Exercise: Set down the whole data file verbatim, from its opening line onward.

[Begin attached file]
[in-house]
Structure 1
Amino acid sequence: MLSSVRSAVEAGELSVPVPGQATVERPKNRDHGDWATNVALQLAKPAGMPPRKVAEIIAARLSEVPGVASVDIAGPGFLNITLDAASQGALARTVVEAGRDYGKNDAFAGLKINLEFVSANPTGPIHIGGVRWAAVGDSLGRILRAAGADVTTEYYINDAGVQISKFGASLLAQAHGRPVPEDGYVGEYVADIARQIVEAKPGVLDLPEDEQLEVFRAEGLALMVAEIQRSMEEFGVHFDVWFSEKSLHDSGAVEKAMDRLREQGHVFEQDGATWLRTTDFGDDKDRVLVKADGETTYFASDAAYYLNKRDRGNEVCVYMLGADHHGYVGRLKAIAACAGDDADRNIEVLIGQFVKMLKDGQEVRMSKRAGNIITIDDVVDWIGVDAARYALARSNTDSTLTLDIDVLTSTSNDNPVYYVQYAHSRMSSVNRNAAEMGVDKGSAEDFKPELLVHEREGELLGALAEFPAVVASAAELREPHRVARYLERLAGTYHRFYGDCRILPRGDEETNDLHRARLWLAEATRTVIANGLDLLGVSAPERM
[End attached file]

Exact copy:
[in-house]
Structure 1
Amino acid sequence: MLSSVRSAVEAGELSVPVPGQATVERPKNRDHGDWATNVALQLAKPAGMPPRKVAEIIAARLSEVPGVASVDIAGPGFLNITLDAASQGALARTVVEAGRDYGKNDAFAGLKINLEFVSANPTGPIHIGGVRWAAVGDSLGRILRAAGADVTTEYYINDAGVQISKFGASLLAQAHGRPVPEDGYVGEYVADIARQIVEAKPGVLDLPEDEQLEVFRAEGLALMVAEIQRSMEEFGVHFDVWFSEKSLHDSGAVEKAMDRLREQGHVFEQDGATWLRTTDFGDDKDRVLVKADGETTYFASDAAYYLNKRDRGNEVCVYMLGADHHGYVGRLKAIAACAGDDADRNIEVLIGQFVKMLKDGQEVRMSKRAGNIITIDDVVDWIGVDAARYALARSNTDSTLTLDIDVLTSTSNDNPVYYVQYAHSRMSSVNRNAAEMGVDKGSAEDFKPELLVHEREGELLGALAEFPAVVASAAELREPHRVARYLERLAGTYHRFYGDCRILPRGDEETNDLHRARLWLAEATRTVIANGLDLLGVSAPERM